3.  What is the time horizon Hamas needs for the truce? If it is long, then it entails a significant risk because there will be what might be called a “cessation of the resistance.” The medium range is open for debate, while the short run entails the risk of losing the Egyptian support, which is an important goal in the current circumstances.This means that the Palestinian commitment to the truce for a long time would create a situation similar to that on the Lebanese front. Thus, while resistance work has stopped since 2006, Israel continued to assassinate Hizbullah leaders outside Lebanon, which might be repeated with the Palestinian resistance. 
  4.  There is another dimension in the Palestinian issue, which is the Palestinian pursuit of non-member observer state status in the United Nations. Here we can notice the Israeli, American and some European threats to pursue punitive measures against this move. However, there is even some discrepancy within Hamas apropos of this move.

Such difference is mainly demonstrated in Mahmud al-Zahhar’s statements that reject the step completely as contrasted to the welcoming position by Khalid Mish‘al and some of the movement’s leaders. Such discrepancy enforces the concerns regarding this move and its consequences.

Regarding the Palestinian unity and ending the division, available information do not herald its achievement in the short run. This is because the negotiations strategy is deeply rooted in the PA. Even more, the idea of distribution of roles does not exist in the Palestinian history.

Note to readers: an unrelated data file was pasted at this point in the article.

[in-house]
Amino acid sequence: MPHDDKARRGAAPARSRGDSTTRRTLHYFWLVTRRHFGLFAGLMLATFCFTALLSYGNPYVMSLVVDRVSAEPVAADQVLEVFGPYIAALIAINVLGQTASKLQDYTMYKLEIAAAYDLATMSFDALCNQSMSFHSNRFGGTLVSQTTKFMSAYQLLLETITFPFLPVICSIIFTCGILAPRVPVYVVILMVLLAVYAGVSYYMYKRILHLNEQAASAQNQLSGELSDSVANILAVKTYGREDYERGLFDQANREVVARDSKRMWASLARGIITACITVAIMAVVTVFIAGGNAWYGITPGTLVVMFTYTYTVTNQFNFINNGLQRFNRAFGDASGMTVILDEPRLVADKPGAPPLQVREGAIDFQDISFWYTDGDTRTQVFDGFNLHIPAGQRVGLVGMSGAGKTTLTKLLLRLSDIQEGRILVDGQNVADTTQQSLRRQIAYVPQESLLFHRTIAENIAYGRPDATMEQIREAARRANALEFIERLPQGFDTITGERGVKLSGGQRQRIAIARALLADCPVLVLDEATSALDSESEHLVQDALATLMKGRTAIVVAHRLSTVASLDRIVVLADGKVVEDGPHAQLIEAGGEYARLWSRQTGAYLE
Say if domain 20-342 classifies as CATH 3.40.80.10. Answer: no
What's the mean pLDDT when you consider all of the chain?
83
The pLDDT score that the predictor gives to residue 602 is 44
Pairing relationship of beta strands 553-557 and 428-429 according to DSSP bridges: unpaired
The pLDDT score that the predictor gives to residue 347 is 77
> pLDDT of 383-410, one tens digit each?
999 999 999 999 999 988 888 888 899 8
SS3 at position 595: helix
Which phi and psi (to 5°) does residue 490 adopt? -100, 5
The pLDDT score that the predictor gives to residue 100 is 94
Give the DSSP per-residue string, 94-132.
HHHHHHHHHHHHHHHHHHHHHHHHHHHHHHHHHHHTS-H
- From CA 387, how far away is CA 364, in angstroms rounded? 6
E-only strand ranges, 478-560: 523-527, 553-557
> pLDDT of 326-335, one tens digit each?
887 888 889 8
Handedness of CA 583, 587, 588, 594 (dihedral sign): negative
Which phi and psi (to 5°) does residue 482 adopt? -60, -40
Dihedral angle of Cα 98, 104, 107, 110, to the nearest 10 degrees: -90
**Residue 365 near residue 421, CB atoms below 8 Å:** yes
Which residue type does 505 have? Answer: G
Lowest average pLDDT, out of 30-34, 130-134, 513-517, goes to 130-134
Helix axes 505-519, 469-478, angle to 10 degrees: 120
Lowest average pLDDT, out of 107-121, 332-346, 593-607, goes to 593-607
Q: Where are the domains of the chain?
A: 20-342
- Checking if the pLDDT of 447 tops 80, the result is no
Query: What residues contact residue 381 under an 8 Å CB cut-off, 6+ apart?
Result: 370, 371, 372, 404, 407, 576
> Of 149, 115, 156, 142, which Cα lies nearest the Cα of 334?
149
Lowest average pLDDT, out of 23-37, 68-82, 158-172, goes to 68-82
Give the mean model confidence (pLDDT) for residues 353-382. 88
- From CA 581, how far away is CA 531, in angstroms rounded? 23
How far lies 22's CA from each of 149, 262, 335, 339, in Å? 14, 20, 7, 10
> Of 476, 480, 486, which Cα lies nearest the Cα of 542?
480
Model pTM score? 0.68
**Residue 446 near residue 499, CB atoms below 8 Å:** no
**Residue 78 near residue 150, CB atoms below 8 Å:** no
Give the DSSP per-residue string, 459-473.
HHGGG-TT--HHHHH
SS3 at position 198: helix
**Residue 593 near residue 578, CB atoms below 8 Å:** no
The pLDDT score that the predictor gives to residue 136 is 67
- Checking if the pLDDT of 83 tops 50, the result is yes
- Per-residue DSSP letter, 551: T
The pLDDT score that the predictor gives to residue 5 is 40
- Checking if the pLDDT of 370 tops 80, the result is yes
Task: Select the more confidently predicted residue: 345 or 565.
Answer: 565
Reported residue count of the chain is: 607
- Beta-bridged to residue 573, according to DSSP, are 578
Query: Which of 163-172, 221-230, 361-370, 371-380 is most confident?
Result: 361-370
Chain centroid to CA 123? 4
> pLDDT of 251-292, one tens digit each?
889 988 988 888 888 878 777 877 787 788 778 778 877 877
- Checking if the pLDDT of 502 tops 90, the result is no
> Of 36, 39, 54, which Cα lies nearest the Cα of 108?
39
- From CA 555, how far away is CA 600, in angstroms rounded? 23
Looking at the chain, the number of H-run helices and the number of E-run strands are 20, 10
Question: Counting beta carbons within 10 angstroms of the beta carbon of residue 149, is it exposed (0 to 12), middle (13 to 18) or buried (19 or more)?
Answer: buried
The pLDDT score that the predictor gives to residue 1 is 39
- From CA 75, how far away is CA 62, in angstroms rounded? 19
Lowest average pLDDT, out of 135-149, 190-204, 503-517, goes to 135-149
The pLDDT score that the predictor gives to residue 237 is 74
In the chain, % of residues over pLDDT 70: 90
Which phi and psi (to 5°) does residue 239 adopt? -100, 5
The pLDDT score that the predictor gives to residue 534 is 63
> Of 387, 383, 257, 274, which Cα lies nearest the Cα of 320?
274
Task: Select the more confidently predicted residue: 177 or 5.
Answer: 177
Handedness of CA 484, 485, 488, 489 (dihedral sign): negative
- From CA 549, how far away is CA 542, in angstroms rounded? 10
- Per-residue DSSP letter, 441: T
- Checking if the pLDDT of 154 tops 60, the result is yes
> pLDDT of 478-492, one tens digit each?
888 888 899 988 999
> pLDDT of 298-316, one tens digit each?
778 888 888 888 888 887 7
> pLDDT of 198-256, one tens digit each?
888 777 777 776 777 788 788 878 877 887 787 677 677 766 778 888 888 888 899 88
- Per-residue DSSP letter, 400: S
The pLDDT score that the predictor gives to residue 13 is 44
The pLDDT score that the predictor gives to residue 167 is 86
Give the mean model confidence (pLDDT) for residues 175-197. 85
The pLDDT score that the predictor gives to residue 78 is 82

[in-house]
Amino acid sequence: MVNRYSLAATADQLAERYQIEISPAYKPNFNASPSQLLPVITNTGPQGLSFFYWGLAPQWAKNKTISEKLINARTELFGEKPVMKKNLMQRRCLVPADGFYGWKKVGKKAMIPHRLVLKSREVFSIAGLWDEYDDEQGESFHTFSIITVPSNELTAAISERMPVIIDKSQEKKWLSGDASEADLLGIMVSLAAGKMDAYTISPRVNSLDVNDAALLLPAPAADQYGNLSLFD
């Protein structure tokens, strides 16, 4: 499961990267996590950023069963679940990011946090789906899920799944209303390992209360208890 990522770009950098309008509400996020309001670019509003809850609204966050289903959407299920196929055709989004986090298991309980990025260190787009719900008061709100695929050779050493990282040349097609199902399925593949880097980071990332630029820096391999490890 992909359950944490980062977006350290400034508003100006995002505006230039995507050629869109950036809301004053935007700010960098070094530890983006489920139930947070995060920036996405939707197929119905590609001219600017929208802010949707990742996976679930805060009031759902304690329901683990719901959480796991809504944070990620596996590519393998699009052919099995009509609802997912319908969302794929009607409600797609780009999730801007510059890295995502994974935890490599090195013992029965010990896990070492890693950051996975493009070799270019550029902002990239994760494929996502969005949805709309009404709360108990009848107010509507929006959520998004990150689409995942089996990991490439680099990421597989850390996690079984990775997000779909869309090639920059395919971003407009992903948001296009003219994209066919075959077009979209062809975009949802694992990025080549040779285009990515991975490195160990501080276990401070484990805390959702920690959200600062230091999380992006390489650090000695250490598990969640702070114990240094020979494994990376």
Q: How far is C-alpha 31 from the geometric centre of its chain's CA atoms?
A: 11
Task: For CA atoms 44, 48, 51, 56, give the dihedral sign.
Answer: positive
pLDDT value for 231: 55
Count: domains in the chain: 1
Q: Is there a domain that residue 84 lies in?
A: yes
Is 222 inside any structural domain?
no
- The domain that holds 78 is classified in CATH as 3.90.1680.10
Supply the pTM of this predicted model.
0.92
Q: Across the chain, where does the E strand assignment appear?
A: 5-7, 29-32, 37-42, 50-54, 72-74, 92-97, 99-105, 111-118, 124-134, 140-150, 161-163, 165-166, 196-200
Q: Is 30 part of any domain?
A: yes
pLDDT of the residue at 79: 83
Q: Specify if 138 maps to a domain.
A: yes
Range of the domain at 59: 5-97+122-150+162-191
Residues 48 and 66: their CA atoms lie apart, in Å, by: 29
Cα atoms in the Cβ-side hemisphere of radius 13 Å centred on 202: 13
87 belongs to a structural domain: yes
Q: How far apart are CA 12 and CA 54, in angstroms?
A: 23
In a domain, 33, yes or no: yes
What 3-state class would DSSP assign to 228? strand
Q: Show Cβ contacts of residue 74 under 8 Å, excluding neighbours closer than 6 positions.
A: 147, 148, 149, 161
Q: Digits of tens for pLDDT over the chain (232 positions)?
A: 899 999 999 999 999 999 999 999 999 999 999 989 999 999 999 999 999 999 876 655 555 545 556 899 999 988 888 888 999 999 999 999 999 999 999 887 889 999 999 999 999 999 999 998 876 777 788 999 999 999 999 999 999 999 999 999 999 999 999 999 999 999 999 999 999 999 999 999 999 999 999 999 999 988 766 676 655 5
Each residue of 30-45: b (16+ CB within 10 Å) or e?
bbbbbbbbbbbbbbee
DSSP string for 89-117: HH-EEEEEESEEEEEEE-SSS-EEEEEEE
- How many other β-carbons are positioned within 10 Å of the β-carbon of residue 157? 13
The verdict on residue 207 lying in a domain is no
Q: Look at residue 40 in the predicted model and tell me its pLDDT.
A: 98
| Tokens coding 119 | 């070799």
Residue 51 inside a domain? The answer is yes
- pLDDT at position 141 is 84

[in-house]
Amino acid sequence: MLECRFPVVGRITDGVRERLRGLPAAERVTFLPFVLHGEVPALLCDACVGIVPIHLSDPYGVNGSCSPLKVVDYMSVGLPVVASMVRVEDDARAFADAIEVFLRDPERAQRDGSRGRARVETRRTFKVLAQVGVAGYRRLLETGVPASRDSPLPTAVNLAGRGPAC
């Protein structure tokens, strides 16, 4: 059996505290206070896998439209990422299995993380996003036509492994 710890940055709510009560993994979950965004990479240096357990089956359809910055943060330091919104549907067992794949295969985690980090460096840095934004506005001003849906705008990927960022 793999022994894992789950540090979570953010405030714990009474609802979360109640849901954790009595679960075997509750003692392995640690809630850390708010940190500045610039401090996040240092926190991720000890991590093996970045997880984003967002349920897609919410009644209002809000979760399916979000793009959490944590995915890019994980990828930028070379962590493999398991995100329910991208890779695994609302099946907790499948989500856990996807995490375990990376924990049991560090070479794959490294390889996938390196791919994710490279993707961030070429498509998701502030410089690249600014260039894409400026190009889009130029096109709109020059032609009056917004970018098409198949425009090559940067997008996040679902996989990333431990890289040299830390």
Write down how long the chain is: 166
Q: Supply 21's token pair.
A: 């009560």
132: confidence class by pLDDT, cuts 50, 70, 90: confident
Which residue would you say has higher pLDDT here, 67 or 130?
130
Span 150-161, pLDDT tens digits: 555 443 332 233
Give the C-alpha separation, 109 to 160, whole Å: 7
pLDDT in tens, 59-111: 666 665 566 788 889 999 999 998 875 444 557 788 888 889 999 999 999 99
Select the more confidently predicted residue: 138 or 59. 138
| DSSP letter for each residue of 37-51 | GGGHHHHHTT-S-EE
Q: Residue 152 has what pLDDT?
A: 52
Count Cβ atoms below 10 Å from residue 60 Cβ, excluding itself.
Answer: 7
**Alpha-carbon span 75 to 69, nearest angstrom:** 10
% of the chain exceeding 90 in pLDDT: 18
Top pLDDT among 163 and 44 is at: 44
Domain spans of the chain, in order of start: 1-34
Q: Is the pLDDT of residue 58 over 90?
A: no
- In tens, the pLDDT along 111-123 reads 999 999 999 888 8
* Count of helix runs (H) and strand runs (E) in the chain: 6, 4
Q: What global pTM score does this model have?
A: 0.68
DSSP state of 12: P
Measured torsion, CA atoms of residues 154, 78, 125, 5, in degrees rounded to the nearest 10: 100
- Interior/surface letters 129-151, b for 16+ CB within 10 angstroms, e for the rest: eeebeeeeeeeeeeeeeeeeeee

There is another point represented in the results of the Knesset elections in Israel. Although the right wing would most probably win the electionsregardless of the details of this victory—no core changes are likely to be witnessed in the Israeli politics.

Finally, it is noted that three years after the complete withdrawal of the Israeli forces from GS in September 2005, Israel launched its first massive war. Then, three years later, it repeated the offensive, and after that there were sporadic attacks during the last seven years.

Tracing the Israeli behavior with its regional environment from the October 1973 war and the 1978 South Lebanon Conflict (Operation Litani) till the last war on GS, it is noticed that the average war cycle ranges between three and five years. This implies that the possibility of the collapse of the truce and going back to the fighting will not exceed five years according to the most “optimistic” scenarios.

Al-Zaytouna Centre thanks Prof. Dr. Walid ‘Abd al-Hay for authoring the original text on which this Assessment was based

The Arabic version of this Assessment was published on 20/12/2012